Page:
Exploring The FISSURE between the Microcosm and the Macrocosm

Given the divide between great work being done in organizations on one hand, and a reinforcement of chauvinism and toxic masculinity on the other side, the analogy of microcosm and macrocosm seems to be challenged.

Unless there are speculations and hypotheses that can holistically look at this picture. Some of these speculations and speculative hypotheses that I would like to offer are:

Speculation / Hypothesis 1

Women, who are integral to large wealth creation or knowledge creation, deserve better!

If you may have noticed or ‘followed the money’, a reality that interlinks the microcosm and macrocosm is the entry of women when it comes to wealth creation or knowledge creation, and that this type of woman deserves better.

Thus whether it is the woman scientist who is celebrated in ISRO, or the woman cricketer who beats other international teams at IPL for women, or the corporate denizen that is integral to the capitalist juggernaut … it is these women who may be given more access to equality and that men around them need to be made more sensitive.

In EUM terms, the analogy of microcosm and macrocosm works at the UPA level — where aspirations of the woman and how she contributes to the system becomes the common bridge. It would be cynical for me to state it — and I take the risk but where women end up enriching the lives of traditional men (investors, shareholders, politicians, and the jingoist) — well these women deserve better.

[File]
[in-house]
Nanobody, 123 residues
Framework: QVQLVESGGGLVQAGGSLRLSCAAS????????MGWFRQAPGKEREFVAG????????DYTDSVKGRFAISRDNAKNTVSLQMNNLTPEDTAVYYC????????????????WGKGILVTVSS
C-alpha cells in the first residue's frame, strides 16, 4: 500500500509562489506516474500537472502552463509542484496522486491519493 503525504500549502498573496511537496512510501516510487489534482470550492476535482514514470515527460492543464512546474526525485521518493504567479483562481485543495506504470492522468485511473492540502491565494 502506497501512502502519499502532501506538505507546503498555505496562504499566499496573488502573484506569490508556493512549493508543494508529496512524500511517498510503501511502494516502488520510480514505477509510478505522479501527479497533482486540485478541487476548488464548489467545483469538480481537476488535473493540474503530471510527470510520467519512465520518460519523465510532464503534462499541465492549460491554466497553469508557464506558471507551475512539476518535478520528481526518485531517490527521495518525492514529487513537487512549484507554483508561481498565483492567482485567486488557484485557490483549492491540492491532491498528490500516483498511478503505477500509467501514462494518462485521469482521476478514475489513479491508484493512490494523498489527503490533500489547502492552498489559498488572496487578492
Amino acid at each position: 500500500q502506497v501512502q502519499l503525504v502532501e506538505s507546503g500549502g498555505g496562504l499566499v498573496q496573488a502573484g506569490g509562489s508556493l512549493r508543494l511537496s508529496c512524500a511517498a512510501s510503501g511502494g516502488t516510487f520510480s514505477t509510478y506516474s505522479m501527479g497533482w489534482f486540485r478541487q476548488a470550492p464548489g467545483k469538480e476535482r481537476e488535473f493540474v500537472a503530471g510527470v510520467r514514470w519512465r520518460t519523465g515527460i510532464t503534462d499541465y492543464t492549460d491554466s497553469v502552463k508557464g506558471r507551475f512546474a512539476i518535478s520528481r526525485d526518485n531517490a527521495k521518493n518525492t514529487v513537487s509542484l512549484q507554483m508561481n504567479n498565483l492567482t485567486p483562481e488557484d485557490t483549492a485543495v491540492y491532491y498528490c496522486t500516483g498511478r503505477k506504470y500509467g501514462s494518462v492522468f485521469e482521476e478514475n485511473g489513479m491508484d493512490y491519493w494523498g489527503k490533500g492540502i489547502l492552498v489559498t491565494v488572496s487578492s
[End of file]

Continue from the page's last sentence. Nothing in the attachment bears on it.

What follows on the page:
Naturally the women who are not displaying these behaviours of nation building or wealth creation need to be silenced and ousted.

Speculation / Hypothesis 2

Women, who challenge the picture of the Bhartiya Naari deserve less!

The Bhartiya Nari is an interesting symbol — she is nurturing, she is safe (for men), she is humble, she is conservative, she is dependent, she upholds tradition, she is religious, and she is ‘god-fearing’ — these are mere aspects of this symbol that get celebrated by the Indian society. Even if she were to build wealth and or knowledge in the systems she is a part of — these aspects of the symbol matter, with some allowances here and there.

Sakshi and other women wrestlers cannot get such compassion for they seem to be challenging the core of what a Bhartiya nari has to be in their aspirations of being an athlete — a warrior woman … Neither does Mahua deserve any compassion … for reasons stated in the earlier section.

Men who wish to challenge the symbol of the Bhartiya nari are also silenced … some I am sure are like me, who work with gender politics and dynamics only within corporate organizations, and feel vulnerable to challenge a larger macrocosmic trend.

But I think it is time that we raise our voice … If you have been triggered by reading this blog — please share it with others as well as bring in your take on what is happening around us.



Gagandeep Singh

I work in the realm of Organization Development and focus on transformation, alignment and culture. I am doing my doctoral research on hybrid social enterprises